You might want to go look at this quick video blog. The upshot is that the difference between structured programming and OO programming is a matter of what they take away from programming, not about what they add. Software disciplines like Structured Programming and Object Oriented Programming are constraining, not enabling. Here are some definitions. Warning: you aren't going to like them.
Structured programming is discipline
imposed upon goto (direct transfer of
OO programming is discipline imposed
upon pointers to functions (indirect
transfer of control)
Functional programming is discipline
imposed upon assignment.
The first is not too hard to understand. Dijkstra found that it was impossible to create general proofs of correctness when goto was allowed in algorithms. However if control structures were limited to sequence, selection, and iteration, then proofs of correctness were possible. Of course we don't even try to prove things correct nowadays, but we do like the simplicity and elegance of structured programming.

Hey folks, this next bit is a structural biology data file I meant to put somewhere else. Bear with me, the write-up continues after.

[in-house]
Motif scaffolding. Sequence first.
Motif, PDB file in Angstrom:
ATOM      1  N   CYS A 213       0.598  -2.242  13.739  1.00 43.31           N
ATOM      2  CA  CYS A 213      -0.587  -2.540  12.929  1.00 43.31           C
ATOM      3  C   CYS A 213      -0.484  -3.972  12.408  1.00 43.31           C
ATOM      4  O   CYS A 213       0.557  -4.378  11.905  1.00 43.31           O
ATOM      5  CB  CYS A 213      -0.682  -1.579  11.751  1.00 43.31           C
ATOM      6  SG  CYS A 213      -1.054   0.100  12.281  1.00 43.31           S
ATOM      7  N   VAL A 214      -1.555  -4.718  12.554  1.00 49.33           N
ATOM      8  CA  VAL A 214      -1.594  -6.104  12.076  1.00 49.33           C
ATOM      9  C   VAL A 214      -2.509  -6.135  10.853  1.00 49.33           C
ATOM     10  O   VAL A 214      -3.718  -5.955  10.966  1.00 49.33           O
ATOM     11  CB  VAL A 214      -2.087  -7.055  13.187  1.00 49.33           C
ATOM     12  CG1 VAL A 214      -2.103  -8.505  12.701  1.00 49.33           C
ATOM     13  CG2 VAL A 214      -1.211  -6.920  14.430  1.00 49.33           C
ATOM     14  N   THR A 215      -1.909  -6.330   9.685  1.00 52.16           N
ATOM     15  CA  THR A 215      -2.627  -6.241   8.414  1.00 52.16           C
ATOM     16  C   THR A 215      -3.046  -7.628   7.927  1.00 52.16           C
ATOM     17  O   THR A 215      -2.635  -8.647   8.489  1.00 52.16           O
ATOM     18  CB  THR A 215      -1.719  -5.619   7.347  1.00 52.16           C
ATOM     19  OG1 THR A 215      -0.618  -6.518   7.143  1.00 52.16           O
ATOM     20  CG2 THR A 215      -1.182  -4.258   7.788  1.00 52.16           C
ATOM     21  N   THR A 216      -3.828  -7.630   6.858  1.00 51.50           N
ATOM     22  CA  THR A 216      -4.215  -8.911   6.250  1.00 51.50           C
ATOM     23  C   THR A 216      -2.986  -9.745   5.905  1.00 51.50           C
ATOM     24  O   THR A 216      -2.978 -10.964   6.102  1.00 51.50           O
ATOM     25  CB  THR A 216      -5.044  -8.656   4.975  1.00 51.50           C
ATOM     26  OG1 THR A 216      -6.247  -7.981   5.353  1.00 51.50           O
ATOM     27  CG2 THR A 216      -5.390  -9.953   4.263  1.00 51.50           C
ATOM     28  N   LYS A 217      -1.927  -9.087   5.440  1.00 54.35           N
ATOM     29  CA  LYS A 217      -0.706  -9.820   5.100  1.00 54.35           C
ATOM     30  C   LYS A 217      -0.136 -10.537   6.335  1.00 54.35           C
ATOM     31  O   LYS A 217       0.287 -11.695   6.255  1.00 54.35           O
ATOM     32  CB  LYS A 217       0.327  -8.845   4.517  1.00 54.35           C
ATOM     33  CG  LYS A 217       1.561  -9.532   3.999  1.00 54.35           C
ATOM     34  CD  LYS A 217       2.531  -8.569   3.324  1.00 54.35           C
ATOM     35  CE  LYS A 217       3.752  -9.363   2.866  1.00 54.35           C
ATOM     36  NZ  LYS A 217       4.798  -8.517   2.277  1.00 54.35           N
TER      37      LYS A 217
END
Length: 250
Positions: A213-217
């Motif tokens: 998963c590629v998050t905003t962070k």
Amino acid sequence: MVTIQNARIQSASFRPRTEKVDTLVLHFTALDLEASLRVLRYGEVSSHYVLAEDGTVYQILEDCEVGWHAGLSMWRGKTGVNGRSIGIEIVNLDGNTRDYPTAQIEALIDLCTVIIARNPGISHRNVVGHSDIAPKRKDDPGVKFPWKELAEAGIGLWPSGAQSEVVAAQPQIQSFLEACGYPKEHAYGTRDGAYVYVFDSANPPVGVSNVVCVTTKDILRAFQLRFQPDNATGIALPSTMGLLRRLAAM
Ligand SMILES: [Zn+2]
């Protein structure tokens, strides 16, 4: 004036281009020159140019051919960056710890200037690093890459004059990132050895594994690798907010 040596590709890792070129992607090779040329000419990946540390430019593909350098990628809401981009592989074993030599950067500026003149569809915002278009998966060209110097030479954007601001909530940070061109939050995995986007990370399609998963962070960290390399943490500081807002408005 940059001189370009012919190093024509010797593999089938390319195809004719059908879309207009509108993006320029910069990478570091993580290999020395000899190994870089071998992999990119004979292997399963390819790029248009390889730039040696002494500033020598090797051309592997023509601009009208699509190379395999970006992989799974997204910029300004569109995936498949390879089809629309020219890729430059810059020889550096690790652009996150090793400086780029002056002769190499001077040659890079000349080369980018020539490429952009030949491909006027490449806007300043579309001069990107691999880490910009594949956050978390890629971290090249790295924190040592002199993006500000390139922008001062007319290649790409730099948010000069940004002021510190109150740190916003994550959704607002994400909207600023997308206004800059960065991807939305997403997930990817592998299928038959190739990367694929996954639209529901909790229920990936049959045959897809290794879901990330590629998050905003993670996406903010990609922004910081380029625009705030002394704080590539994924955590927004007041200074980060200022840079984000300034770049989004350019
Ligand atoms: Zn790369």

It's a little harder to understand OO. We often define OO as encapsulation, inheritance, and polymorphism. What is lesser knows is that all three of these attributes are achievable, and frequently were achieved in C. Indeed, C++ started as just a preprocessor that compiled down to C. It's not actually hard to encapsulate in C. Nor it is hard to build data structures that are subsets of each other, simulating inheritance. Polymorphism, however, is a bit harder. It requires pointers to functions which, in C, are difficult to manage well. What languages like C++ gave us was discipline imposed upon those pointers to functions. The C++ compiler built the vtables for us, and initialized the pointers within them according to a strict formalism. So in a very real sense OO is simply discipline imposed upon indirect transfer of control i.e. pointers to functions.
Structured programming is about how not to use goto. OO is about how not to use pointers to functions. And functional programming too is all about what not to do. In functional programming we do not assign variables except in the most stringently controlled cases.
So in the end, all these Programming "technologies" are actually constraining disciplines rather than enabling technologies. They tell us what not to do more than they tell us what to do. And that means that software development has not grown over the last 40 years. Rather, it has shrunk. It is become ever more constrained as we have learned all the things we shouldn't do.
Learning what not to do is good; but here's the disturbing question: What new things have we learned to do?